Nov. 9th, 2007 07:53 am (UTC)
Wait -- it was supposed to be funny!

Okay, it wasn't funny at the time, I'll give you that ... but it's all over for the season, I promise. I think.
Nov. 9th, 2007 08:11 am (UTC)
Oh, it was funny, but my overwhelming reaction was one of instinctive horror. I just violently dislike bugs.

And I have bad memories involving fleas specifically. :/
Nov. 10th, 2007 06:16 am (UTC)
Same with me, although it's spiders that trigger the true horror in my case. I'm allergic to the bite of even non-poisonous ones, but mostly it's shear phobic terror ... someday I'll write a column about what happened when one of those weird white ones suddenly crawled onto my hand just yesterday, but right now it's hard to type until the bruising goes down. :-)
Nov. 9th, 2007 02:39 pm (UTC)
1. I think you should write the murder mystery novel

2. I understand the need for drastic measures. When I was a kid I was horribly allergic to flea bites and they'd blister. For a while I looked like I had some kind of plague going on on my lower legs. Not the most fun ever.

I hope you had sucess in getting rid of them!
Nov. 10th, 2007 06:21 am (UTC)
As it happens, I'm writing a murder mystery as we speak -- maybe I can use the poison thing for the sequel! After all, I can only hope it'll be good enough to become a series ...

They're all gone, for now, although whether it's from the poison or the weather change is in the air. I'm allergic to some insect bites, and to spider bites -- and cat scratches. So I'd just as soon avoid getting anything on my skin!
Nov. 9th, 2007 03:06 pm (UTC)
LOL! That's awesome. I'm so glad you can laugh at your troubles.
Nov. 10th, 2007 06:22 am (UTC)
It's laugh or cry ... and at least with laughter people may laugh with you, instead of running the other way. :-)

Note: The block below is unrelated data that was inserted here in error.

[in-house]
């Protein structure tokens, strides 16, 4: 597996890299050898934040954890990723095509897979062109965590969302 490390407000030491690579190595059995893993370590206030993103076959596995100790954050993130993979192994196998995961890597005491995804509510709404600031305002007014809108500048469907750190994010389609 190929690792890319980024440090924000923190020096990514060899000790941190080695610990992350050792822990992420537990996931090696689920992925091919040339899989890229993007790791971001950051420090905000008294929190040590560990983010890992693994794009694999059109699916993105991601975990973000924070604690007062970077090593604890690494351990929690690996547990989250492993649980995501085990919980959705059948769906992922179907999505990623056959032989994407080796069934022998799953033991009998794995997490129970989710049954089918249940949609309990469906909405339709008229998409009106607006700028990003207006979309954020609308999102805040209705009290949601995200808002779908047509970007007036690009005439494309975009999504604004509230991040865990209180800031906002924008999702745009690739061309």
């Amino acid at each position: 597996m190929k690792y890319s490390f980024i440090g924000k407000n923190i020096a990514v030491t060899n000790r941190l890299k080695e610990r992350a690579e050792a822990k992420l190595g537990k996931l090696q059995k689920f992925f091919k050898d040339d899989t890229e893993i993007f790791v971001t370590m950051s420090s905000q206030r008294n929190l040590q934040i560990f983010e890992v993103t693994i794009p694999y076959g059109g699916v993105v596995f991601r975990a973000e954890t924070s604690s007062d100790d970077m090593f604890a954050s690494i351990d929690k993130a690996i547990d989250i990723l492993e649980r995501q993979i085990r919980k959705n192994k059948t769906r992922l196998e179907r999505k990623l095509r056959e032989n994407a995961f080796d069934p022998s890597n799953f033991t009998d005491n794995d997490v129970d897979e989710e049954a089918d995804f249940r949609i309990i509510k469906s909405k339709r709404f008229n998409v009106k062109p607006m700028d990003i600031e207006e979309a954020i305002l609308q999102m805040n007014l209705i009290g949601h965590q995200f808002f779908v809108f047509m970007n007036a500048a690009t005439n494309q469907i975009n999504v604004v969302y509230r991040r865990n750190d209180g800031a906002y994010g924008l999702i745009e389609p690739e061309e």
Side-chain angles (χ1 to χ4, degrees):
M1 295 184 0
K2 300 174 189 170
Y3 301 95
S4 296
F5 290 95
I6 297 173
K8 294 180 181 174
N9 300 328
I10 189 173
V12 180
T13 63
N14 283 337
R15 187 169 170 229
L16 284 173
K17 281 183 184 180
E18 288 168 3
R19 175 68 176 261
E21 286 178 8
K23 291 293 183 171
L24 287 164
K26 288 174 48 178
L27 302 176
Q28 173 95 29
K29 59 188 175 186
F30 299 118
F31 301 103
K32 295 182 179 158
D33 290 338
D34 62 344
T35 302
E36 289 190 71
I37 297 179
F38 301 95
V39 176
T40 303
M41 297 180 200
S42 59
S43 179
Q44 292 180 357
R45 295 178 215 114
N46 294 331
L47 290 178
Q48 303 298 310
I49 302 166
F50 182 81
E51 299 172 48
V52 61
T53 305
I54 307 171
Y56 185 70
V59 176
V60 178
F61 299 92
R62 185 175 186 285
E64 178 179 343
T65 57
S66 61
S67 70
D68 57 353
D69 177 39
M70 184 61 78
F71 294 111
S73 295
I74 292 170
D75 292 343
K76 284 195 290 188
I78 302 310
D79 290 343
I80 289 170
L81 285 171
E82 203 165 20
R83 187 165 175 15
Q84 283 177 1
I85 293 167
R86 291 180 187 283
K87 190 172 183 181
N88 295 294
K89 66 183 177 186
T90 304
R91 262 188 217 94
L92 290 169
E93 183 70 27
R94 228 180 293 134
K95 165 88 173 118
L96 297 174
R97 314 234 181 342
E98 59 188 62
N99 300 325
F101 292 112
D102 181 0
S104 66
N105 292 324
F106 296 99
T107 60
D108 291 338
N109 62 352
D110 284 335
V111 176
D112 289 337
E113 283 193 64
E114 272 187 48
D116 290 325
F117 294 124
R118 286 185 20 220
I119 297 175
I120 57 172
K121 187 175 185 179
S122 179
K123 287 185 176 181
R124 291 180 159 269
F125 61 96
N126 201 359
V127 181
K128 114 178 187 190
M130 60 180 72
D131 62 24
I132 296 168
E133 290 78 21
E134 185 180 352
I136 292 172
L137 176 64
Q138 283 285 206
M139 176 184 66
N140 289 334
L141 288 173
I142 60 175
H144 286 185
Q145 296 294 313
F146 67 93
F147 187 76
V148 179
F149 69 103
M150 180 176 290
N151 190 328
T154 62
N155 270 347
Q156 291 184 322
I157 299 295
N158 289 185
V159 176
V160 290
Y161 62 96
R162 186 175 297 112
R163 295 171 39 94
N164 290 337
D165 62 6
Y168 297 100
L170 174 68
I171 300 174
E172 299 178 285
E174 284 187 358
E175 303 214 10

Nov. 9th, 2007 05:15 pm (UTC)
That first night at work I suddenly felt something crawling up the back of my leg, and before the night was over I had a line of bites going up the inside of my thigh. (Get your mind out of the gutter.)

Nope, wasn't me this time.
Nov. 10th, 2007 06:22 am (UTC)
Bites were too small!
Nov. 9th, 2007 06:09 pm (UTC)
I so sympathise - I remember my bed clothes being dowsed with Coopers Louse Powder on more than one occasion as a child to kill fleas - and coming to the conclusion that my mother didn't care much which died first, me or the fleas, so long as the fleas died eventually!
Nov. 10th, 2007 06:27 am (UTC)
When the worst of the flea itching hits, that's exactly how a person feels! Your poor mom had been driven mad by that point.
(Deleted comment)
Nov. 10th, 2007 06:13 am (UTC)
They didn't have a chance to move on, by the time I was finished with my shock and awe. :-)

But yeah, humor. It's what I do, how I cope. Believe me, none of this is funny at the time.
Nov. 16th, 2007 08:44 am (UTC)
UGH, I totally sympathize!